6.05 / May 2011

May Day

listen to this story

I chipped my bottom front tooth wrestling with Codrut in his fancy flat in the center of the city. Codrut was the son of a secret police officer who was not so secret and who was not an officer (he was an interrogator; a genius at pulling out fingernails with needle nose pliers). In the days that we found out we were going to be let to emigrate, Codrut-my best friend and my best tooth chipper-stopped talking to me. Despite that, I gave him my skateboard, which was bought by my mother from the Sears catalogue the previous summer. The skateboard was before my mother disappeared in Detroit and never came back with the promised sweets and candies and Buster Brown shoes I was looking forward to wearing and parading before all the fellows at recess. The toys and the clothes were before that too.

After arriving in Detroit, I wrote letters to all the fellows I had known since first grade. No one responded. And I understood why. The secret police would request meetings with their parents if they wrote back. The secret police would probably request meetings anyway. This is what happened, then, to all the ones you left behind. They all had to somehow defend themselves from the acts of treason you committed.

Years later, maybe in 1993, I received a letter from Codrut. He had taken part in the demonstrations against the Party the December the Iron Curtain finally fell. He had been shot in the spine by an army officer and was now riding in a wheelchair made in Germany. He was an engineer working for Renault and was going to be in Detroit for a conference on aerodynamics and design. And would I meet him for a few drinks at Bookies Bar and Grille on Cass Avenue if I had the time and if I could forgive him for banishing me after I’d left. Surely I understood the immense pressure he and his family came under after I emigrated.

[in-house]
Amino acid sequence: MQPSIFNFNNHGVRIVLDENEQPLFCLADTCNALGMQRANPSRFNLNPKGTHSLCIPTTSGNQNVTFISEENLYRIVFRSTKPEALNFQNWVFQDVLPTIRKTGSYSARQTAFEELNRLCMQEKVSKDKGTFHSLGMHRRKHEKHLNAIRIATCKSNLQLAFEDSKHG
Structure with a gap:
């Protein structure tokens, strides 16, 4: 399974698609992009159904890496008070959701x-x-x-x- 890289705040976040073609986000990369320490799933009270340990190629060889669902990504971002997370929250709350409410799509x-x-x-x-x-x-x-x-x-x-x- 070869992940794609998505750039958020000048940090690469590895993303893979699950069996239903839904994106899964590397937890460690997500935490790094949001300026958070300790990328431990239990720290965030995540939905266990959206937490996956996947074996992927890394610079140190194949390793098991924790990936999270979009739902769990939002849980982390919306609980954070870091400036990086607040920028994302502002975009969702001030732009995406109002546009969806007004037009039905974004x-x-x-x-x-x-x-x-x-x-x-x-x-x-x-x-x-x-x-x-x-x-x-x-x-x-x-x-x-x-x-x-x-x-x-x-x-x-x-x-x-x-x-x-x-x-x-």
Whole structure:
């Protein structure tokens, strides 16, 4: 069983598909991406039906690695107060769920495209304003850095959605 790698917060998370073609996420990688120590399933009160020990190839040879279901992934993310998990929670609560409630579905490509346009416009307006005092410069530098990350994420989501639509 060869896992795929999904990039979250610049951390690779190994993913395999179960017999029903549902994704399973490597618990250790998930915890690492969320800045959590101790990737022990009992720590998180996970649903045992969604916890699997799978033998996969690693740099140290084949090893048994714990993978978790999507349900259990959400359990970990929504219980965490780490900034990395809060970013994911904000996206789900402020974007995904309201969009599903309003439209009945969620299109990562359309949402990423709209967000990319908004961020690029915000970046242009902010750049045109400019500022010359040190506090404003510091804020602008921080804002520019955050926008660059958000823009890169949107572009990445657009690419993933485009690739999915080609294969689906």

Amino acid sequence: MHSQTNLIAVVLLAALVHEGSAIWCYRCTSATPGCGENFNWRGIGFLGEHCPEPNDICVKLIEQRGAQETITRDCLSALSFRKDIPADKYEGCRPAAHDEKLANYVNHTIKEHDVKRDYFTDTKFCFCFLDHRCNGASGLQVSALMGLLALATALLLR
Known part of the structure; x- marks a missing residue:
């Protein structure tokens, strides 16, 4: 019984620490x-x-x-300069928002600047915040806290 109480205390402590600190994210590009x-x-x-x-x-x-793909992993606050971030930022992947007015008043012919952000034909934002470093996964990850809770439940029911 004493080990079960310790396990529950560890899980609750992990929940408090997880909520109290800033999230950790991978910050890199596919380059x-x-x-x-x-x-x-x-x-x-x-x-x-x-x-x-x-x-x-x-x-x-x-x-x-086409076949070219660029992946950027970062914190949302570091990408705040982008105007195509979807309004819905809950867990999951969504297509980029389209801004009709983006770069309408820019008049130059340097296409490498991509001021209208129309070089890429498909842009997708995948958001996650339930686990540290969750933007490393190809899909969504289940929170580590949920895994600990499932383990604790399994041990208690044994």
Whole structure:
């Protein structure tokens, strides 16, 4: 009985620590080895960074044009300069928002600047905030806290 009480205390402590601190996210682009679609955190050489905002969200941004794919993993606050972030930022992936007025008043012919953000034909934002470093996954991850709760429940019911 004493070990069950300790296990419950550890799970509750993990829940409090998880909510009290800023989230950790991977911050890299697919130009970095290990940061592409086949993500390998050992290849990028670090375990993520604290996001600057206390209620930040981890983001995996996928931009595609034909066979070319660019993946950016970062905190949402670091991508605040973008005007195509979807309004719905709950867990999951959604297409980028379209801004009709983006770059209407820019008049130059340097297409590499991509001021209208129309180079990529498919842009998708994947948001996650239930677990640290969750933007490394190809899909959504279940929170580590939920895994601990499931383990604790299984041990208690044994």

The first thing I ever saw on colour television in the States was Battlestar Gallactica. I didn’t understand why, from time to time, it would end, and commercials would come on. My first friend in America was Mike Gaydos. After a few months, I got in with some other fellows who started teasing me for being friends with someone named GAYdos. And so, to fall in line with the others, I began to ostracize him as well. Mike eventually moved to Virginia Beach, after we beat him up mercilessly one winter afternoon before class. Because of his last name. They called him a faggot. And I kicked him, along with all of them. So I could fit in.

Alex Pruteanu is a former newswriter for the U.S. Information Agency (Voice of America English News and Broadcasts). He has also worked as a television director for MSNBC and CNBC (director of Chris Matthews' "Hardball with Chris Matthews" show), and a freelance writer for AOL/Digital Cities. Currently, he is an editor for an online formative assessment system pioneered by NC State University.
6.05 / May 2011